Here is a checklist of things to do if you’d like to begin graduate school full-time in the Fall. The approximate timetable is provided to guide you through the application process in a timely fashion. You can certainly apply to graduate school at any time before the college deadlines. This particular timeline is designed for students who are interested in receiving assistantship and/or fellowship consideration.
1. Decide what graduate program you would like to pursue. Remember that attending graduate school should lead you toward your ultimate career goal, not just to avoid getting a job and going to work. If you are having trouble narrowing down your graduate school options, then stop by the Career Development Center in Netzer 110 for assistance.
1. Make a list of all the graduate schools in the country that offer your program. The Career Development Center can give you a photocopied list of all the colleges that have the graduate programs that you may be considering. Just stop by the office and ask for help.
1. Write to the colleges/universities of interest and ask them to mail you information about the program, the college, financial aid programs and assistantships and to request a graduate catalog. The Career Development Center has postcards that you can use to begin this process. Just stop by and ask for some “yellow grad school postcards.”
2. Determine if you will be required to take a graduate school admission test. There are several common exams including the GRE (general test), LSAT (for law school), MCAT (for medical school), GMAT (for business school). Purchase a study guide from any bookstore and begin to prepare to take the exam. If you have difficulty in a content area, go to the Center for Academic Development & Enrichment in 225 Alumni Hall and ask someone to review those concepts with you. There are also test preparation courses that teach test strategy and are available for a substantial fee. The Career Development Center has information, just stop in Netzer 110 and ask or visit our website at www.oneonta.edu/career.
3. Sign up to take any required graduate admission tests. Keep in mind it will take approximately six weeks for your scores to be sent to the graduate schools. You want colleges to have those test results before they begin reviewing graduate applications. Taking the test early will also give you time to retake the exam should that become necessary.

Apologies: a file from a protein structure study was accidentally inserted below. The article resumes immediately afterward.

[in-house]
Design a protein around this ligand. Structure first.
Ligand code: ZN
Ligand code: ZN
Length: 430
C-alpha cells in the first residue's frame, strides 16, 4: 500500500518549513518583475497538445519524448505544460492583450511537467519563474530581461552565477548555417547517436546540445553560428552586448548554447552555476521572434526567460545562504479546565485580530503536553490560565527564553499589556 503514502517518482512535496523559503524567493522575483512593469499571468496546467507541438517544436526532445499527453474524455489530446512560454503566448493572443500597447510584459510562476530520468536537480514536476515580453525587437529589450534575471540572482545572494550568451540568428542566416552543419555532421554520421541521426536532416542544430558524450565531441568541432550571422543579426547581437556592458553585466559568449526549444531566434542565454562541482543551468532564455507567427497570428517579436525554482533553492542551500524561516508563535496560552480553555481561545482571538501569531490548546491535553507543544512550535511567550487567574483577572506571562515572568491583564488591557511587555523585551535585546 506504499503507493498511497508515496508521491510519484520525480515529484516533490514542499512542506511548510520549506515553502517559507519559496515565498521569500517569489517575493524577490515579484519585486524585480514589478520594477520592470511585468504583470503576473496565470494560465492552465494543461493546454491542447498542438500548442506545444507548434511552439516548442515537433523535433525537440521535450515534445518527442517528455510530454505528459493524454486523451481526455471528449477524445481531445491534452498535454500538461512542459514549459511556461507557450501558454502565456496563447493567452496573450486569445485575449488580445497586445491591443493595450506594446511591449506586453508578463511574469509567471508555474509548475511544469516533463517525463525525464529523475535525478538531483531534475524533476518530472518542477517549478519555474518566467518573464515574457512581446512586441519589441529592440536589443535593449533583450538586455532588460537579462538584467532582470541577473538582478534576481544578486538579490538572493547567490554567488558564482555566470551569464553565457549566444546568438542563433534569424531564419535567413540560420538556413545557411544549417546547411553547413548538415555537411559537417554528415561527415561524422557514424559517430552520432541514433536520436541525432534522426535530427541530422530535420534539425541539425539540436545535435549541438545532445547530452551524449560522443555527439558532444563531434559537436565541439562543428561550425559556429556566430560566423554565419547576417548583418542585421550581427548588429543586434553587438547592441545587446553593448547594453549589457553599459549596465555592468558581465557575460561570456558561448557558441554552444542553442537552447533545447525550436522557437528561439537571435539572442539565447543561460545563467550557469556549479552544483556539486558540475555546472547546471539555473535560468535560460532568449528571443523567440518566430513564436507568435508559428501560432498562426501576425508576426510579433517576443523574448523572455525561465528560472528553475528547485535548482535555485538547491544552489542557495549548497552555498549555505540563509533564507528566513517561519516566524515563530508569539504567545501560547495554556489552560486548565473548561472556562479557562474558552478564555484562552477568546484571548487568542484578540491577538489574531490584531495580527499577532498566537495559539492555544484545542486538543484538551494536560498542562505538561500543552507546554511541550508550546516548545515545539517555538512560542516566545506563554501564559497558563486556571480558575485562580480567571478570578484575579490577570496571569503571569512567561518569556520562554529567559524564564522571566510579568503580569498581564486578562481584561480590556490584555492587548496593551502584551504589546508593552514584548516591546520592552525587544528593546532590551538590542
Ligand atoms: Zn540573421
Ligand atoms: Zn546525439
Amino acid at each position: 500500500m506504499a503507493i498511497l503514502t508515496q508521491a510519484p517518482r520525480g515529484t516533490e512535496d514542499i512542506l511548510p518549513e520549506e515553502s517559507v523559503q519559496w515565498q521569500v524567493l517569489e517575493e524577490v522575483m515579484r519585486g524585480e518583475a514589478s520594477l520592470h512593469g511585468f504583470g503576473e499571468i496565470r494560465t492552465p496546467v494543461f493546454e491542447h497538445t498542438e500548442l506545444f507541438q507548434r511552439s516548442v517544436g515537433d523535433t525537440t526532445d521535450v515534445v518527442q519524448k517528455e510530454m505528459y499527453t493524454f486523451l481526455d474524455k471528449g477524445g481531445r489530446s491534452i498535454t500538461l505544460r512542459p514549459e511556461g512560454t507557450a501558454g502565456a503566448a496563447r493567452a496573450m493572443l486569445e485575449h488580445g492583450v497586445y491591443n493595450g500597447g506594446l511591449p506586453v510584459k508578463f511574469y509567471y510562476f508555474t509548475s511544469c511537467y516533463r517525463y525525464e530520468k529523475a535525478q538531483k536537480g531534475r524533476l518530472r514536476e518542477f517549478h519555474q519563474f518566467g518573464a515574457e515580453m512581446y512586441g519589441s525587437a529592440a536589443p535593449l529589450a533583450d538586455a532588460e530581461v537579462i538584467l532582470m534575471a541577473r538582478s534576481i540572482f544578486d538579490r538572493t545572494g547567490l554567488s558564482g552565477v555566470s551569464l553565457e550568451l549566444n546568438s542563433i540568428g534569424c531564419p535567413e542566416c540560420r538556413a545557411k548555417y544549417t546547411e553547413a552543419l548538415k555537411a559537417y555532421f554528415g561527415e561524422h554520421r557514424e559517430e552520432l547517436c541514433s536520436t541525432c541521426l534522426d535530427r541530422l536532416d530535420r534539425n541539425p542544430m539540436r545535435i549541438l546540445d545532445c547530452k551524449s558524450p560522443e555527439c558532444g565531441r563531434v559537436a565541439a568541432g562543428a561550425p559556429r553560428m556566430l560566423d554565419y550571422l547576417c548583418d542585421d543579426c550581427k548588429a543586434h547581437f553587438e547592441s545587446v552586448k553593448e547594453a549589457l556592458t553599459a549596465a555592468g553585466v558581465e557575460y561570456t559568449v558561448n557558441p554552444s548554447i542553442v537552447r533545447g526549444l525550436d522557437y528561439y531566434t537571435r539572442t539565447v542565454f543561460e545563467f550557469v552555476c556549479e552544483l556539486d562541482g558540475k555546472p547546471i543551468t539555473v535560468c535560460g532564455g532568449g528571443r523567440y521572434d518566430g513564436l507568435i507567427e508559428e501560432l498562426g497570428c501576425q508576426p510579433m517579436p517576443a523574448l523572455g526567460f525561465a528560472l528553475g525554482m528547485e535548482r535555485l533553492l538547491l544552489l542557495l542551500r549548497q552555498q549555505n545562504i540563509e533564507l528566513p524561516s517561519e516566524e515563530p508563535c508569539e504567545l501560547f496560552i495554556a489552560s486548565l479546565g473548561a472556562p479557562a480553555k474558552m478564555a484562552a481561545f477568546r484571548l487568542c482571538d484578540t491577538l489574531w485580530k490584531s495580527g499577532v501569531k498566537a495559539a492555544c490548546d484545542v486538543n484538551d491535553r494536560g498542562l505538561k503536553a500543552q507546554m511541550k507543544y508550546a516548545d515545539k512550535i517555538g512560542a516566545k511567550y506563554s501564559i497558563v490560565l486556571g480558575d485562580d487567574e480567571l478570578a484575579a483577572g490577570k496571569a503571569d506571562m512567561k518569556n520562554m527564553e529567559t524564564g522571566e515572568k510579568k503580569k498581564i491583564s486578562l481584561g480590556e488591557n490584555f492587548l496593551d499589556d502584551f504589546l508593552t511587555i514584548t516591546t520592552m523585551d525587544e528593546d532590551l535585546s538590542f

1. Attend the Graduate and Professional School Fair at the end of October from 1-3 pm in the Chase Gym. Admissions representatives from over 50 colleges and universities will be in attendance.
2. Review the materials from the colleges and narrow your choices down to three or four. Keep in mind that the average graduate school application fee is $50 and that money is usually non-refundable.
3. Graduate schools usually ask candidates to gather three letters of recommendation. Ask primary faculty members and/or other appropriate people if they would be willing to write you a letter of reference for graduate school admission. If they agree, you could open a credential folder in the Career Development Center to house all of your letters of recommendation. That way the person only has to write you one letter and then it can be duplicated and mailed to each graduate school. Please remember to give each recommender a copy of your current resume to use as a guide when writing your letter of recommendation.
3a. Take standardized test(s).
3b. Order transcripts from all post-secondary institutions attended. If fall term grades are expected, then indicate on the transcript request form to mail “after current term grades.” Also be sure to ask the Registrar’s Office if the current term grades can be sent in time to meet the graduate school application deadline.
1. Complete the applications, and be certain to follow the instructions exactly.
2. Some graduate schools require applicants to write a personal statement as part of the application process (click here for help writing a personal statement). You can ask a faculty member or someone from the Writing Center in Alumni Hall to help you with this project. Remember to have a first draft with you before going to ask them for help.
Late December/Early January
1. Mail all of your graduate applications no later than January 15th (unless the deadline is earlier than that date). This will put you in line for the best assistantships, fellowships and/or financial aid packages. You can certainly apply later, but you may lessen your chances for receiving some form of financial assistance. Many graduate schools send out acceptance letters as early as March for a fall start date.
1. It is always a good idea to have “Plan B”, so begin exploring the world of work. That way if graduate school is not an option for you at this time, you will have already begun a preliminary job search.
2. Contact graduate programs about the possibility of visiting the campus during your winter break. Make trips if possible.